The time is ripe for a strategic review of these war guarantees to fight a nuclear-armed Russia in defense of countries across the length of Europe that few could find on a map.

Apparently, President Donald Trump, on trips to Europe, raised questions as to whether these war guarantees comport with vital U.S. interests and whether they could pass a rigorous cost-benefit analysis.

The shock of our establishment that Trump even raised this issue in front of Europeans suggests that the establishment, frozen in the realities of yesterday, ought to be made to justify these sweeping war guarantees.

Celebrated as “the most successful alliance in history,” NATO has had two histories. Some of us can yet recall its beginnings.

In 1948, Soviet troops, occupying eastern Germany all the way to the Elbe and surrounding Berlin, imposed a blockade on the city.

The regime in Prague was overthrown in a Communist coup. Foreign minister Jan Masaryk fell, or was thrown, from a third-story window to his death. In 1949, Stalin exploded an atomic bomb.

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As the U.S. Army had gone home after V-E Day, the U.S. formed a new alliance to protect the crucial European powers — West Germany, France, Britain, Italy. Twelve nations agreed that an attack on one would be treated as an attack on them all.

Cross the Elbe and you are at war with us,

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Patrick Cockburn Rages: “It’s Time To Call Economic Sanctions What They Are: War Crimes”

Patrick Cockburn Rages: “It’s Time To Call Economic Sanctions What They Are: War Crimes”

24-01-18 09:33:00,

Authored by Patrick Cockburn via Counterpunch.org,

The first pathetic pieces of wreckage from North Korean fishing boats known as “ghost ships” to be found this year are washing up on the coast of northern Japan. These are the storm-battered remains of fragile wooden boats with unreliable engines in which North Korean fishermen go far out to sea in the middle of winter in a desperate search for fish.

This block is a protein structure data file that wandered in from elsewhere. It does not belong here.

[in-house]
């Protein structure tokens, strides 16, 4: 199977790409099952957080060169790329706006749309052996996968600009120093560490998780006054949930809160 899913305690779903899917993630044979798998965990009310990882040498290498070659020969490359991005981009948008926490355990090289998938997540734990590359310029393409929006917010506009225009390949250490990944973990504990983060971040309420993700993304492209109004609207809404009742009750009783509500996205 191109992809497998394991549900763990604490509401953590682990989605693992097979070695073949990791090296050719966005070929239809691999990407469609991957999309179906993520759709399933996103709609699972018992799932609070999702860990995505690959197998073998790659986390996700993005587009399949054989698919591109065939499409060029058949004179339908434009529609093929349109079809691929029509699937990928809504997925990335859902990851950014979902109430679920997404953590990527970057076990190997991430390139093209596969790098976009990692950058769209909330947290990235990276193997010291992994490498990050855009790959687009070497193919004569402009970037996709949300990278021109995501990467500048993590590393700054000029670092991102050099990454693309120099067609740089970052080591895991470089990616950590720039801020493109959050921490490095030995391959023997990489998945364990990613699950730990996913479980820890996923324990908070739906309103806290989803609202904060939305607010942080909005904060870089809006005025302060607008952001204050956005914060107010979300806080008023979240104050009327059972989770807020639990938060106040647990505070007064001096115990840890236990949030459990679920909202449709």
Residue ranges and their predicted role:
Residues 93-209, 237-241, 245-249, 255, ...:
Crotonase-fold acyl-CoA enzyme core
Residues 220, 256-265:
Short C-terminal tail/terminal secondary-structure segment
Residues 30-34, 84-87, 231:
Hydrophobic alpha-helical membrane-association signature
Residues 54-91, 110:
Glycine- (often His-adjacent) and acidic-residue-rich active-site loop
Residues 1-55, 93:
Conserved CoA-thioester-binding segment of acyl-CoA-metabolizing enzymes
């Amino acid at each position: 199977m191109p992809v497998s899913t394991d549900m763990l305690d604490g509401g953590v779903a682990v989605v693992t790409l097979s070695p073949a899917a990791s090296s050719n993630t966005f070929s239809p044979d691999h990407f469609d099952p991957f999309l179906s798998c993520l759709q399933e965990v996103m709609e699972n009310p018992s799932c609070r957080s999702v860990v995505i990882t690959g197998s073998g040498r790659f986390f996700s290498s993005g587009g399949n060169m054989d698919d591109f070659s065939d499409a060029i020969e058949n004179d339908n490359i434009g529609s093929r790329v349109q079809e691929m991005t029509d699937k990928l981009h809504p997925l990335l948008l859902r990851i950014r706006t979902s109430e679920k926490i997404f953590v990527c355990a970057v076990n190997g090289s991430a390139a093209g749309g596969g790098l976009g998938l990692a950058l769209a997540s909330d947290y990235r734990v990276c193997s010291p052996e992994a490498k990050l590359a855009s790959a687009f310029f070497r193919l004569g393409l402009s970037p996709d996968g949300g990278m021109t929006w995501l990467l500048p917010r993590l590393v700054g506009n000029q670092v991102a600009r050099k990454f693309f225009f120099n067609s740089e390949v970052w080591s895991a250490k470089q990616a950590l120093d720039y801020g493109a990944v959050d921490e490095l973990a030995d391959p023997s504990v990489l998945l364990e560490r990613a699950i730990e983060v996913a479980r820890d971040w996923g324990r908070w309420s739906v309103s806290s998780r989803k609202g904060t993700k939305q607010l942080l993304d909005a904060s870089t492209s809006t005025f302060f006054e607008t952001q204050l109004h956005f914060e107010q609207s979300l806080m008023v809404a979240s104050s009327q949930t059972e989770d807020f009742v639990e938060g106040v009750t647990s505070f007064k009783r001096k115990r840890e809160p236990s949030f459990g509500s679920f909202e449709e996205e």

https://www.zerohedge.com/sites/default/files/inline-images/20180123_NK.jpg

Often all that survives is the shattered wooden hull of the boat cast up on the shore, but in some cases the Japanese find the bodies of fishermen who died of hunger and thirst as they drifted across the Sea of Japan. Occasionally, a few famished survivors are alive and explain that their engine failed or they ran out of fuel or they were victims of some other fatal mishap.

The number of “ghost ships” is rising with no fewer than 104 found in 2017, which is more than in any previous year, though the real figure must be higher because many boats will have sunk without trace in the 600 miles of rough sea between North Korea and Japan.

The reason so many fishermen risk and lose their lives is hunger in North Korea where fish is the cheapest form of protein. The government imposes quotas for fishermen that force them to go far out to sea. Part of their catch is then sold on to China for cash, making fish one of the biggest of North Korea’s few export items.

The fact that North Korean fishermen took greater risks and died in greater numbers last year is evidence that international sanctions imposed on North Korea are, in a certain sense, a success: the country is clearly under severe economic pressure. But, as with sanctions elsewhere in the world past and present, the pressure is not on the North Korean leader Kim Jong-un, who looks particularly plump and well-fed, but on the poor and the powerless.

The record of economic sanctions in forcing political change is dismal, but as a way of reducing a country to poverty and misery it is difficult to beat. UN sanctions were imposed against Iraq from 1990 until 2003.